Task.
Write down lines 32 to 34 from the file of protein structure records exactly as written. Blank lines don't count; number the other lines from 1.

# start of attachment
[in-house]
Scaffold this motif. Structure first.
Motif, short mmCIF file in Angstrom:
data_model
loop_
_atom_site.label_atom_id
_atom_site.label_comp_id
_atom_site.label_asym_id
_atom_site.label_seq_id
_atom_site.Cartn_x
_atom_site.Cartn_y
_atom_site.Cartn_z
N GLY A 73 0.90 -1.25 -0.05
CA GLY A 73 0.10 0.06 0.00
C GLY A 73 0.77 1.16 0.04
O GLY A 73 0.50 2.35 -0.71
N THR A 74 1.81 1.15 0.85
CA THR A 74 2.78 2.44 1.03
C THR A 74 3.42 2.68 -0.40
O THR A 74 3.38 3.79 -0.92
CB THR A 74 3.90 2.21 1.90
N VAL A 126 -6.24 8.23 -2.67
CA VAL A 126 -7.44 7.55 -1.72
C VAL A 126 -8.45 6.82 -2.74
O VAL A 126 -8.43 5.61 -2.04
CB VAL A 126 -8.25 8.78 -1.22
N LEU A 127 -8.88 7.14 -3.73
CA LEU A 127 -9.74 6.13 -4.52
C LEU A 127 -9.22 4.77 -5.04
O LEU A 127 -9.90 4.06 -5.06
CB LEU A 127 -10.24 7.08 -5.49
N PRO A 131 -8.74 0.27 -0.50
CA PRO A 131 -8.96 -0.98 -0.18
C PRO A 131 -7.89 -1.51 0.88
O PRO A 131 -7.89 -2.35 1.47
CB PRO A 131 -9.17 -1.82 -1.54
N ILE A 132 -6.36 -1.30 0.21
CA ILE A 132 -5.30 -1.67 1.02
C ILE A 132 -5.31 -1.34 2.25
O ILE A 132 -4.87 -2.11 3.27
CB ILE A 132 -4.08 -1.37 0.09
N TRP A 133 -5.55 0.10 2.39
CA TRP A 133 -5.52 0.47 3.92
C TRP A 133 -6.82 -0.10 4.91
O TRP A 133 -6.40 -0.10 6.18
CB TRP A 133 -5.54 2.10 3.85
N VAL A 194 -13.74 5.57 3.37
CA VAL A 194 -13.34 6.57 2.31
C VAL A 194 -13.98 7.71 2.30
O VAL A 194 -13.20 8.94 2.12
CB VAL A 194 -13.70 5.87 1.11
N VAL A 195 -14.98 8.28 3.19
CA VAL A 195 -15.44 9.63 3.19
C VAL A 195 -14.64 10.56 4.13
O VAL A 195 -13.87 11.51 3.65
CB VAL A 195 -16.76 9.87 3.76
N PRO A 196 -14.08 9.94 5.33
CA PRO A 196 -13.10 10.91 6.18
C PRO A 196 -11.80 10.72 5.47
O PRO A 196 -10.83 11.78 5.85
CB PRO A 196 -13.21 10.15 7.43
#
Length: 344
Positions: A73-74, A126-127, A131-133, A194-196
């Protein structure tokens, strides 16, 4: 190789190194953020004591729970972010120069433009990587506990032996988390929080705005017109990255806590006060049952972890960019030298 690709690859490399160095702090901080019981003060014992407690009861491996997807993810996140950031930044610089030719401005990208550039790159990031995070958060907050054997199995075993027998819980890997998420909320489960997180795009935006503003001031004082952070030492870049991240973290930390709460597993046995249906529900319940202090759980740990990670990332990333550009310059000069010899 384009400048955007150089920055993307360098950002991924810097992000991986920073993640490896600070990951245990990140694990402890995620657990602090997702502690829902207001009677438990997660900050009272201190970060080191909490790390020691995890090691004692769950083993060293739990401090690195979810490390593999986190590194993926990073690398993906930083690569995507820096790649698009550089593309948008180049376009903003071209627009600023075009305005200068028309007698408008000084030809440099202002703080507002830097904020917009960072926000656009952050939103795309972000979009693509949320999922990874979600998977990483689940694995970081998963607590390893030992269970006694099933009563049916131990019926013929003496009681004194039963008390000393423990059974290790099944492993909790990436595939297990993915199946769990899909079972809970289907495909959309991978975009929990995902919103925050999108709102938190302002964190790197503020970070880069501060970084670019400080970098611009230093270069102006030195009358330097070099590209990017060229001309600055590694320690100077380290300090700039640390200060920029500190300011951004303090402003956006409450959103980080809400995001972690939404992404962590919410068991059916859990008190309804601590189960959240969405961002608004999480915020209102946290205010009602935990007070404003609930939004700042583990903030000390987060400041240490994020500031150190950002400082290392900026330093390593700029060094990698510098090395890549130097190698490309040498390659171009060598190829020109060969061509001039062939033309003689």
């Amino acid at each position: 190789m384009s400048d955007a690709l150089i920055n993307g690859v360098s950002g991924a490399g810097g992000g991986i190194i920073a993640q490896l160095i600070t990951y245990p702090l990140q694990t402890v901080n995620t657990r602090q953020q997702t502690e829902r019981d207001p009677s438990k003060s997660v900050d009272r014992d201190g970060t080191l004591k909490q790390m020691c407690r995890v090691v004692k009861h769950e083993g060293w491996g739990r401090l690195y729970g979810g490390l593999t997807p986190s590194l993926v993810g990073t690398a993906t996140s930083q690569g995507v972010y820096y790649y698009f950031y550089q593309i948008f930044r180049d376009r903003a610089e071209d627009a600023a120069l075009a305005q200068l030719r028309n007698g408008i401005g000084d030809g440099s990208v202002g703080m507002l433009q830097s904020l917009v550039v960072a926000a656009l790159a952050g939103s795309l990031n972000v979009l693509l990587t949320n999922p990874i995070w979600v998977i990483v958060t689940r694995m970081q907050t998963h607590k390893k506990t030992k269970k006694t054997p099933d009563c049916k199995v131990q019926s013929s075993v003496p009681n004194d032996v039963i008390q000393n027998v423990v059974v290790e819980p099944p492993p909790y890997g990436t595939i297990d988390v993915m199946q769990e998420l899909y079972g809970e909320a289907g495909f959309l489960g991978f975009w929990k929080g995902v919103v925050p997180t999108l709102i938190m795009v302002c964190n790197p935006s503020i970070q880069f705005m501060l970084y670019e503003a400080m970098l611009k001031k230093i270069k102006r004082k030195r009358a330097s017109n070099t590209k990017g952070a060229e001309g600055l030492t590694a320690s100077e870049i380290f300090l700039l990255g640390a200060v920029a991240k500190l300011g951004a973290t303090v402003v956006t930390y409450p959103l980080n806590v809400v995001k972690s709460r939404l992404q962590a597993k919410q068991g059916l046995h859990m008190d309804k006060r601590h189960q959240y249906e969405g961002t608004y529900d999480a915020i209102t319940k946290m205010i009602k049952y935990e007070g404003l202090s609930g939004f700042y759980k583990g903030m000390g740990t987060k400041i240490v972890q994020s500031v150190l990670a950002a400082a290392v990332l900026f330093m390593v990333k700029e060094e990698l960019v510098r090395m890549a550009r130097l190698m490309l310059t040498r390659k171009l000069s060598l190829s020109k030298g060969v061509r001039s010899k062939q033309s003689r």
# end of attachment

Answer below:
N PRO A 131 -8.74 0.27 -0.50
CA PRO A 131 -8.96 -0.98 -0.18
C PRO A 131 -7.89 -1.51 0.88